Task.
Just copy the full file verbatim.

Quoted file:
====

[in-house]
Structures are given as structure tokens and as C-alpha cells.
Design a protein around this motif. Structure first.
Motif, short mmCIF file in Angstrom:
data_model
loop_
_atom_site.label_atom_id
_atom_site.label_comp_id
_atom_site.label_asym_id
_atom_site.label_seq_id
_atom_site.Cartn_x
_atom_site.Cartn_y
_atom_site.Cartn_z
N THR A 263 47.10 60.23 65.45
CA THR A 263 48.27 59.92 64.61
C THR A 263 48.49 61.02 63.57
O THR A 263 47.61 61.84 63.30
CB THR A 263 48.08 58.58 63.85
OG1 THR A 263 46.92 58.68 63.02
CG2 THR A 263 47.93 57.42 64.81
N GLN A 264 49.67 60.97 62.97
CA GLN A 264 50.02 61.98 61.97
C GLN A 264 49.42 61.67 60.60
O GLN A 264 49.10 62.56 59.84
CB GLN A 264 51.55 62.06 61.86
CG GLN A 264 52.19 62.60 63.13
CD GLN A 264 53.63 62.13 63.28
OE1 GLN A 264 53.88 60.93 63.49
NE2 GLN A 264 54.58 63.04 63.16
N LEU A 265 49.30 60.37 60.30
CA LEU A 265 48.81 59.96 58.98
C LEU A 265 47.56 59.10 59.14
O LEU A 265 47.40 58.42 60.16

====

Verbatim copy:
[in-house]
Structures are given as structure tokens and as C-alpha cells.
Design a protein around this motif. Structure first.
Motif, short mmCIF file in Angstrom:
data_model
loop_
_atom_site.label_atom_id
_atom_site.label_comp_id
_atom_site.label_asym_id
_atom_site.label_seq_id
_atom_site.Cartn_x
_atom_site.Cartn_y
_atom_site.Cartn_z
N THR A 263 47.10 60.23 65.45
CA THR A 263 48.27 59.92 64.61
C THR A 263 48.49 61.02 63.57
O THR A 263 47.61 61.84 63.30
CB THR A 263 48.08 58.58 63.85
OG1 THR A 263 46.92 58.68 63.02
CG2 THR A 263 47.93 57.42 64.81
N GLN A 264 49.67 60.97 62.97
CA GLN A 264 50.02 61.98 61.97
C GLN A 264 49.42 61.67 60.60
O GLN A 264 49.10 62.56 59.84
CB GLN A 264 51.55 62.06 61.86
CG GLN A 264 52.19 62.60 63.13
CD GLN A 264 53.63 62.13 63.28
OE1 GLN A 264 53.88 60.93 63.49
NE2 GLN A 264 54.58 63.04 63.16
N LEU A 265 49.30 60.37 60.30
CA LEU A 265 48.81 59.96 58.98
C LEU A 265 47.56 59.10 59.14
O LEU A 265 47.40 58.42 60.16